You can see by the discolored grass how high the water got in a bayou that runs through a Westbury neighborhood. The area just couldn't drain fast enough, and nearby residents, felt the effects.
"You can see where my foot is. That's how high the water came," said resident Jerry Kersey.
He walked us through his waterlogged home, still soaked two days after a gullywasher that dropped four inches of rain on his neighborhood over the course of just an hour, and more after that.
"Had a river running through the house," Kersey said.
A little to the east, Erica Foster was driving home through the worst of the storm, passing cars submerged on Highway 288, which was closed by flooding in both directions.
"It sorta reminded me of Tropical Storm Allison, where there was just a sea of cars on the freeway," said Foster.
The two areas were among the hardest hit. According to the Harris County Flood Control District, they got the equivalent of a once-in-100-years rainfall, overwhelming drainage systems.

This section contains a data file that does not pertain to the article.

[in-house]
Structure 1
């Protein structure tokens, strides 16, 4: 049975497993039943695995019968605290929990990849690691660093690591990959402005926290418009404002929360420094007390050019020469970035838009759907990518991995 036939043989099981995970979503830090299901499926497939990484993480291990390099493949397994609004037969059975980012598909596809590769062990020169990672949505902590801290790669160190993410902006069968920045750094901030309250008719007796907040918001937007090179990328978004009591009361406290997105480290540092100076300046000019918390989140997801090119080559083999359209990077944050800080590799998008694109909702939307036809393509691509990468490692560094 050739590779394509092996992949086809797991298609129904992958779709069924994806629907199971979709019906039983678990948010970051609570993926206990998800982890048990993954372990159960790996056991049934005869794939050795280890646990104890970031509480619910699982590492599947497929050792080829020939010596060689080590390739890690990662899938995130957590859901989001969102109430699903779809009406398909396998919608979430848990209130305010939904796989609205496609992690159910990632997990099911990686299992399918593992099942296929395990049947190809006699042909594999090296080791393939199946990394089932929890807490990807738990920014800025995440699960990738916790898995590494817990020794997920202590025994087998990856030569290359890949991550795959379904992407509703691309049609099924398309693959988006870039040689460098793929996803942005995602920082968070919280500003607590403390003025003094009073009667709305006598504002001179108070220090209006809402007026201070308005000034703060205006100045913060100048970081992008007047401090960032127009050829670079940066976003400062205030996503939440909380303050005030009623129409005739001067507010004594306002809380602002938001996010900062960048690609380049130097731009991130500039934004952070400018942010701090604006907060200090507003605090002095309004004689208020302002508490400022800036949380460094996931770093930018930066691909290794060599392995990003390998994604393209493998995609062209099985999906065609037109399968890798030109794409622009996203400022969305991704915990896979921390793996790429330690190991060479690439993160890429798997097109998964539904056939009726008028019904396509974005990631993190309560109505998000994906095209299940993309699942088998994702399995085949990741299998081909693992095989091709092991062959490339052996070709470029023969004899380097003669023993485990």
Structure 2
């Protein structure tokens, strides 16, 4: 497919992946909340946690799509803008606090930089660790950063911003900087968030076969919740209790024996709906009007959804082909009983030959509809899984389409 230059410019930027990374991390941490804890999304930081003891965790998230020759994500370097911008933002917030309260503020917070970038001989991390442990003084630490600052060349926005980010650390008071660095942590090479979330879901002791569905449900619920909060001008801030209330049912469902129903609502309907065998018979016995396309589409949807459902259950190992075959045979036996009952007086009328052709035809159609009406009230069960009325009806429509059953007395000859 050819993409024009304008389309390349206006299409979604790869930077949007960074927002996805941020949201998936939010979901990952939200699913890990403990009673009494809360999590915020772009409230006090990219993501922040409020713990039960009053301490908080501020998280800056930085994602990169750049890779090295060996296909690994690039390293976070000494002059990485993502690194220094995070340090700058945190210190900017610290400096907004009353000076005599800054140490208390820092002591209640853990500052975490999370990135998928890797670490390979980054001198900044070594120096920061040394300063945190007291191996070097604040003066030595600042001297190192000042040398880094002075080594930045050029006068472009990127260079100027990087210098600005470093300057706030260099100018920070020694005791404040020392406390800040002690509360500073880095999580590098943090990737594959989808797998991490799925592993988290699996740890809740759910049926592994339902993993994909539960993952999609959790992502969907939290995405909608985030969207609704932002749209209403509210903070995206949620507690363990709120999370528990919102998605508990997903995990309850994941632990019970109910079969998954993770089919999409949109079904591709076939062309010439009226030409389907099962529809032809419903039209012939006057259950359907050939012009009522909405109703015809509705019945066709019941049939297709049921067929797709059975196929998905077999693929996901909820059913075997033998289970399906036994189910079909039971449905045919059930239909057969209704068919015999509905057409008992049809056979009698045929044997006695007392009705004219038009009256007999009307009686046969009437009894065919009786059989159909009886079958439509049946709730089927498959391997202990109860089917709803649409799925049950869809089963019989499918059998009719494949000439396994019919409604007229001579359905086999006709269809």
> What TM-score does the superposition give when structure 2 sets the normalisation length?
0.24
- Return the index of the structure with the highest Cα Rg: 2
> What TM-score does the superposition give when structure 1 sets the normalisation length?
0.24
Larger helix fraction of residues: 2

"You have the lines that actually will hold just so much liquid. And once they become charged with so much liquid, you're going to have overflow," said Alvin Wright with the Houston Department of Public Works.
TxDOT says its 10 pumps that help drain Highway 288 were working like they were supposed to, but the storm was too much for the system to handle.
"I think there's a lot of infrastructure work to do," said Foster.
Kersey, meanwhile, is weathering his fourth major flood in 15 years. Tired and soggy, but trying to take it in stride.
"Crying doesn't do any good. It's just like, nothing else you can do," he said.
The Harris County Flood Control District has already partnered with the city to make some drainage improvements in the area. Neighbors say it didn't seem to make much of a difference. The flood control district says more improvements are on the way.
Take ABC13 with you!
Download our free apps for iPhone, iPad, Android and Blackberry devices